The Marketing Institute is the professional body for the marketing sector in Ireland. It shares best practice, insights and expert content, building the community of marketers, and aiding marketers in career progression.
MII also owns and operates the All-Ireland Marketing Awards, the CMO Summit, and DMX Dublin, Ireland’s largest marketing conference.
Law firm Matheson has added four new partners in Q1 2020 as the company continues to expand, most notably in its London and Cork offices.
In all, the firm has added seven new partners in the past six months, bringing its total number of partners to 96.
The seven new partners are: David Fitzgibbon, corporate M&A; Deirdre Crowley, employment, technology and innovation, data privacy; David Jones, corporate M&A; Kimberley Masuda, commercial real estate; Susanne McMenamin, corporate M&A; Dermot Powell, partner and general counsel, risk management; Philip Tully, tax.
Michael Jackson, managing partner at Matheson, said: “The past 12 months have seen significant growth across the firm, such as the expansion of our London and Cork offices, and the establishment of the Matheson Digital Services Group.
“As we move further into 2020, external developments such as in relation to the future trading relationship between the EU and the UK, climate and sustainability considerations, ongoing tech disruption — and of course potential changes arising from the creation of a new Government programme of activity — will have implications for our clients and their businesses.
“These new appointments underpin our continued growth in both the capacity and the expertise that we offer to clients.”
Irish financial services firm Prepaid Financial Services has significantly expanded its global reach following its acquisition this week by EML.
PFS/EML is now one of the largest prepaid FinTech enablers in the world, while Meath-based PFS has also become part of a listed entity, EML
Payments. This deal was approved by the financial regulators in the UK and Ireland.
The deal is a positive note against the backdrop of global share prices plummeting due to Covid-19 slowing markets, with the value of FinTechs also impacted.
Noel Moran, CEO at PFS, said: “In light of the current worldwide business reality, I believe we have achieved a great result for everyone involved. We are eager to play a pivotal role in complementing EML’s sizeable international and diversified electronic money portfolio.”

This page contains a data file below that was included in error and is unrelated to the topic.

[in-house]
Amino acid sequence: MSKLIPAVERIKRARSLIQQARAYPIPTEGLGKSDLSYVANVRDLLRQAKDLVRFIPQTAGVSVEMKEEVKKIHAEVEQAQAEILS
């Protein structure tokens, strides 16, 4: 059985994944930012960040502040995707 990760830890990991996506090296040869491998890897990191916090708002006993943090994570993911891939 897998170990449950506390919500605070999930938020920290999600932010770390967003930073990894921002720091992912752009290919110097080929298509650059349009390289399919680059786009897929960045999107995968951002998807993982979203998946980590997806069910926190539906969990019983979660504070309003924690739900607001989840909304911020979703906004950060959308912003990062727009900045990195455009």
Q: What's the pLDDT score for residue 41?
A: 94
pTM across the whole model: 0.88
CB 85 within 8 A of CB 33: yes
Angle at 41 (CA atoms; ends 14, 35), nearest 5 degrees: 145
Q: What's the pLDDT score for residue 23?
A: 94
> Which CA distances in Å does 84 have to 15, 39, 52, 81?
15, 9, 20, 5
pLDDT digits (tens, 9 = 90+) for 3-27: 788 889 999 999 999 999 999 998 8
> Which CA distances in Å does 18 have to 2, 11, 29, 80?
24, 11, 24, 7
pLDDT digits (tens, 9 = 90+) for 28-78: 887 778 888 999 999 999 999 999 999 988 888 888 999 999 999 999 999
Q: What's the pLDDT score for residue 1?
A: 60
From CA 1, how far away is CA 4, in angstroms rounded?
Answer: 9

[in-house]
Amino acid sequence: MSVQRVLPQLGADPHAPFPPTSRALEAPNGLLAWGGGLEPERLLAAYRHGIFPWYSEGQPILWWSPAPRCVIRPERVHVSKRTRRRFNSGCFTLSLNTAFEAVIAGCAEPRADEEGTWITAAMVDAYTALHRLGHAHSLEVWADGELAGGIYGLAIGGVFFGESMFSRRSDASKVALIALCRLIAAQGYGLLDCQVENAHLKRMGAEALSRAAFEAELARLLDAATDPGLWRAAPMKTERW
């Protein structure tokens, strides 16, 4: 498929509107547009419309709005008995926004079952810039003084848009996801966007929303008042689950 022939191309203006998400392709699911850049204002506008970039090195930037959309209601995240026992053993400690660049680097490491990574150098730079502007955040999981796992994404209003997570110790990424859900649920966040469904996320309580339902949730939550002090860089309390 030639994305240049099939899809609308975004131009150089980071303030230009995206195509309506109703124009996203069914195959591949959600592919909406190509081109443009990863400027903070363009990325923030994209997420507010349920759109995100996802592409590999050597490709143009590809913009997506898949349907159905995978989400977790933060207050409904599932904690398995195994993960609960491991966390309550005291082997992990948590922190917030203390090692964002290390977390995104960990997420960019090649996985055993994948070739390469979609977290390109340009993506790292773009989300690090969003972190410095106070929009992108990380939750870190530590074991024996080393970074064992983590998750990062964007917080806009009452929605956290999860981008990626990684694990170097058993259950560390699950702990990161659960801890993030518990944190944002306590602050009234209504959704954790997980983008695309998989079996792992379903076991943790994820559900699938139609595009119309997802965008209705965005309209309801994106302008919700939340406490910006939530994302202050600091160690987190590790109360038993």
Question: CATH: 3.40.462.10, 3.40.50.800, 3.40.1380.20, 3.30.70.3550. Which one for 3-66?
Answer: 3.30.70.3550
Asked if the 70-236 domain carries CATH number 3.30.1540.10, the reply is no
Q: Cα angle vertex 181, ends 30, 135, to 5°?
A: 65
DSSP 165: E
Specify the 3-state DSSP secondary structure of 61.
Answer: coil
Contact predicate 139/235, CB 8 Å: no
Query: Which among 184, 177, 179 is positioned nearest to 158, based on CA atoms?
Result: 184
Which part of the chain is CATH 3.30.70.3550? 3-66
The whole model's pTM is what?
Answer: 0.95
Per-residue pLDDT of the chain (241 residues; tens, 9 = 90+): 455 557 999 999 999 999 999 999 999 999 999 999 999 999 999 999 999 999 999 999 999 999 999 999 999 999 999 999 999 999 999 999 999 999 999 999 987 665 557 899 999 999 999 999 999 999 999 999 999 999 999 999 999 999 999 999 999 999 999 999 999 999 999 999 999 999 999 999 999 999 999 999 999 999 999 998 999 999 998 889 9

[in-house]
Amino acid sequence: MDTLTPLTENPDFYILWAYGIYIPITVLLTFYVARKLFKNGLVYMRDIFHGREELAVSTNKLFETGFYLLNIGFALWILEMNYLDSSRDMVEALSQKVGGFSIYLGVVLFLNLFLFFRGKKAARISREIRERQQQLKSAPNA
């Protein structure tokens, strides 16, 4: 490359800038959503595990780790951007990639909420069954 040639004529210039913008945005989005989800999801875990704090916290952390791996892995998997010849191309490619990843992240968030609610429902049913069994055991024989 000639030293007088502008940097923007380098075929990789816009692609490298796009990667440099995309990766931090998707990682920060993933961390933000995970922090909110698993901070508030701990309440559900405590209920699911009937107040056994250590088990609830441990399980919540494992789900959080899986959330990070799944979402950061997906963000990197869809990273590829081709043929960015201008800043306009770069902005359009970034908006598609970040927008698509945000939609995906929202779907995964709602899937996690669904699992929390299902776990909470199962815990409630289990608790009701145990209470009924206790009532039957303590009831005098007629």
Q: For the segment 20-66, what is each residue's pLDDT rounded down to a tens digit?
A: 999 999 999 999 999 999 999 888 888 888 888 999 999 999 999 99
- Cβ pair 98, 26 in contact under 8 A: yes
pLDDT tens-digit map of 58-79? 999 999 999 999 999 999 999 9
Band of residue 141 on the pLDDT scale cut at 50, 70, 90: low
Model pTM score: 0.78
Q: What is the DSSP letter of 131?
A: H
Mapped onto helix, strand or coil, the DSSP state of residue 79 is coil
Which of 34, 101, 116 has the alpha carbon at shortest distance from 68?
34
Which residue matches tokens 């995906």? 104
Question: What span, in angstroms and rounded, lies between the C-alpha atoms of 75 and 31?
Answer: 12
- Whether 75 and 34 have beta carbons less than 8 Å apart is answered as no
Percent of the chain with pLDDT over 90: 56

PFS delivers payment technology solutions, a pioneer in electronic money. Its solutions include eWallets, physical and virtual prepaid cards, IBAN accounts and consumer and business current accounts in the UK and eurozone.
EML Payments also manages payment processing, helping businesses to improve customer service and increase brand loyalty. It provides solutions for payouts, gifts, incentives and rewards, and supplier payments. It manages more than 1,500 programs across 23 countries in North America, Europe and Australia.
Highly experienced chartered accountant Paul D’Alton has been named interim CEO and as an executive director of both FBD Holdings plc and FBD Insurance plc.
He is succeeding Fiona Muldoon who told the board of her intention to step down as group CEO and director last October.
She made the announcement after the group’s pretax profit more than doubled last year to €112.5m and it proposed a dividend of €1 per share for investors.
FBD’s chairman Liam Herlihy said: “I would like to thank Fiona for her hard work and effective contribution to FBD over the last five years. She has been instrumental in the transformation and development that has taken place in FBD.
“Her relentless focus on the business and its customers has been remarkable. Shareholders and the community alike have benefitted hugely from her tireless efforts for FBD. We wish her the very best for the future.
“Paul is highly regarded in the investment community and as a former FBD colleague he knows our business well. I look forward to his contribution to FBD.”
Mr D’Alton brings vast experience in general insurance and banking, notably as interim chief financial officer of FBD and chief financial officer of Bank of Ireland.